The ribosome: A hot spot for the identification of new types of protein methyltransferases [Protein Synthesis and Degradation]

May 9th, 2018 by Steven G. Clarke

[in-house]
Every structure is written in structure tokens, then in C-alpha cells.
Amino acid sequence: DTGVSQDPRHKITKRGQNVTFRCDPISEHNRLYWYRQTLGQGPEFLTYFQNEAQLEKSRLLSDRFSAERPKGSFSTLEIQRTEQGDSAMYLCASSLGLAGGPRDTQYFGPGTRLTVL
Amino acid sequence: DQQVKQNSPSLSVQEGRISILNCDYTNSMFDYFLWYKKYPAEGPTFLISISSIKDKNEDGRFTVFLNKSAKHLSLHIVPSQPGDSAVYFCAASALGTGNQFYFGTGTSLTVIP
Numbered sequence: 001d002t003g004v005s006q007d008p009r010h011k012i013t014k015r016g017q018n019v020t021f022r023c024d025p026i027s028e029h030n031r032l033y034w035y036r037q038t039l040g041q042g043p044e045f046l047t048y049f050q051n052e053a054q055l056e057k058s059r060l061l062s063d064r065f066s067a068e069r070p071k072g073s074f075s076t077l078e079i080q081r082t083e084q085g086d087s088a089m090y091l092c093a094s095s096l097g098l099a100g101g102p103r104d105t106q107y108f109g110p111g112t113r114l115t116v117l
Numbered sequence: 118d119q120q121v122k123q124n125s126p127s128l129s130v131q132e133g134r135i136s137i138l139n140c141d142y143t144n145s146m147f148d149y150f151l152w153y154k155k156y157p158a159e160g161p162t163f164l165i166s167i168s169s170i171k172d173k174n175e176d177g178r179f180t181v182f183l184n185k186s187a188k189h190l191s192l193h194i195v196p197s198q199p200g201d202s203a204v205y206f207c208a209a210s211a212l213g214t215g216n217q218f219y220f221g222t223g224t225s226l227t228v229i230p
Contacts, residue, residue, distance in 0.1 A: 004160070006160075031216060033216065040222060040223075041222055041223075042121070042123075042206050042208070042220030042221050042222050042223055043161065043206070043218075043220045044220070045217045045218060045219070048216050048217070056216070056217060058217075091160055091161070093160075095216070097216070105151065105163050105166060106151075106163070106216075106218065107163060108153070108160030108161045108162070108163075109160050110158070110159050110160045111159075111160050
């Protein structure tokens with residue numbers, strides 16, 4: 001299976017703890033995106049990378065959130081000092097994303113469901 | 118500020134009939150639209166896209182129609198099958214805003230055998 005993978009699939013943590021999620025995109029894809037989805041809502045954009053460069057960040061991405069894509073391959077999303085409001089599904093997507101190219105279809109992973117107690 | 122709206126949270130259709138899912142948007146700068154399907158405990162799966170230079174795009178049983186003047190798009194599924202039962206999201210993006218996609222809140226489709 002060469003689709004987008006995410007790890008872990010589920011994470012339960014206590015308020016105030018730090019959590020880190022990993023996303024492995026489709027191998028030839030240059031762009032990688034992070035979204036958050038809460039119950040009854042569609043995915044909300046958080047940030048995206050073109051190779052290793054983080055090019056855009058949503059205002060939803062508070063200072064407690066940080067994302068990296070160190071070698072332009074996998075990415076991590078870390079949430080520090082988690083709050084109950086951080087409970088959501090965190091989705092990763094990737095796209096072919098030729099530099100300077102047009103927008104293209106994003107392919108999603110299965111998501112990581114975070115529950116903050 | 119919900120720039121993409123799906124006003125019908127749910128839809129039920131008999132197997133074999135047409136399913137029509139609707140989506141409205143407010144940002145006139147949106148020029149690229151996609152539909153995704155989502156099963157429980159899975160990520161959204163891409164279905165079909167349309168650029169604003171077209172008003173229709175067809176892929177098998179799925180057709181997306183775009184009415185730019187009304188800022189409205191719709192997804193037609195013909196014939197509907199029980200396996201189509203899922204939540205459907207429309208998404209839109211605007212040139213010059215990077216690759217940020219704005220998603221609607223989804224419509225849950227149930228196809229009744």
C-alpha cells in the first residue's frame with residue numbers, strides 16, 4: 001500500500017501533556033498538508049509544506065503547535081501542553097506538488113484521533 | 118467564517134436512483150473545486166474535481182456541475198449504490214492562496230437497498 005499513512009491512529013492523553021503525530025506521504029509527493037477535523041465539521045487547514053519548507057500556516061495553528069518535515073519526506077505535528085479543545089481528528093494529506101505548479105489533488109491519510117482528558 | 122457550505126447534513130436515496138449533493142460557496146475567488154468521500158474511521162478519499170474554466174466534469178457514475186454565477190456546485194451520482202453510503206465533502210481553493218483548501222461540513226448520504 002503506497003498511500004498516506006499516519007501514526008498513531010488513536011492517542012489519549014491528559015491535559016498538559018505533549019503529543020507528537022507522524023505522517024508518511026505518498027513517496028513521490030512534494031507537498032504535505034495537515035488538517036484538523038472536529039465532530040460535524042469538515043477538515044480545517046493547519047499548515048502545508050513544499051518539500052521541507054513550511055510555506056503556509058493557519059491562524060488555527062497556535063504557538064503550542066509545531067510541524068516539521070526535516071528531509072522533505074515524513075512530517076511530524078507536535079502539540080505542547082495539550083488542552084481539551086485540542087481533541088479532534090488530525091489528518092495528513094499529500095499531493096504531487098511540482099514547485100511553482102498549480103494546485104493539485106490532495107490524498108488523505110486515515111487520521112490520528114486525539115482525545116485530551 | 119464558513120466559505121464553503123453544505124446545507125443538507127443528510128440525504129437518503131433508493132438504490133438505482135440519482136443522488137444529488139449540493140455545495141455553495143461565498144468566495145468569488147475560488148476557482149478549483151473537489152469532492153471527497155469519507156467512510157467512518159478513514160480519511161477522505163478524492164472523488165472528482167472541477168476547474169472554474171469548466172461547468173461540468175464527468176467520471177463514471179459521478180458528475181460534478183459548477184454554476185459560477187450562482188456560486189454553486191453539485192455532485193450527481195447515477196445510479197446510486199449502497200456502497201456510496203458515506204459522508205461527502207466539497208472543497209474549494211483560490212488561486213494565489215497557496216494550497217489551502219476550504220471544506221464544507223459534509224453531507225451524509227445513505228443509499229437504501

Cellular physiology depends on the alteration of protein structures by covalent modification reactions. Using a combination of bioinformatic, genetic, biochemical, and mass spectrometric approaches, it has been possible to probe ribosomal proteins from the yeast Saccharomyces cerevisiae for posttranslationally methylated amino acid residues and for the enzymes that catalyze these modifications. These efforts have resulted in the identification and characterization of the first protein histidine methyltransferase, the first N-terminal protein methyltransferase, two unusual types of protein arginine methyltransferases, and a new type of cysteine methylation. Two of these enzymes may modify their substrates during ribosomal assembly because the final methylated histidine and arginine residues are buried deep within the ribosome with contacts only with RNA. Two of these modifications occur broadly in eukaryotes, including humans, while the others demonstrate a more limited phylogenetic range. Analysis of strains where the methyltransferase genes are deleted has given insight into the physiological roles of these modifications. These reactions described here add diversity to the modifications that generate the typical methylated lysine and arginine residues previously described in histones and other proteins.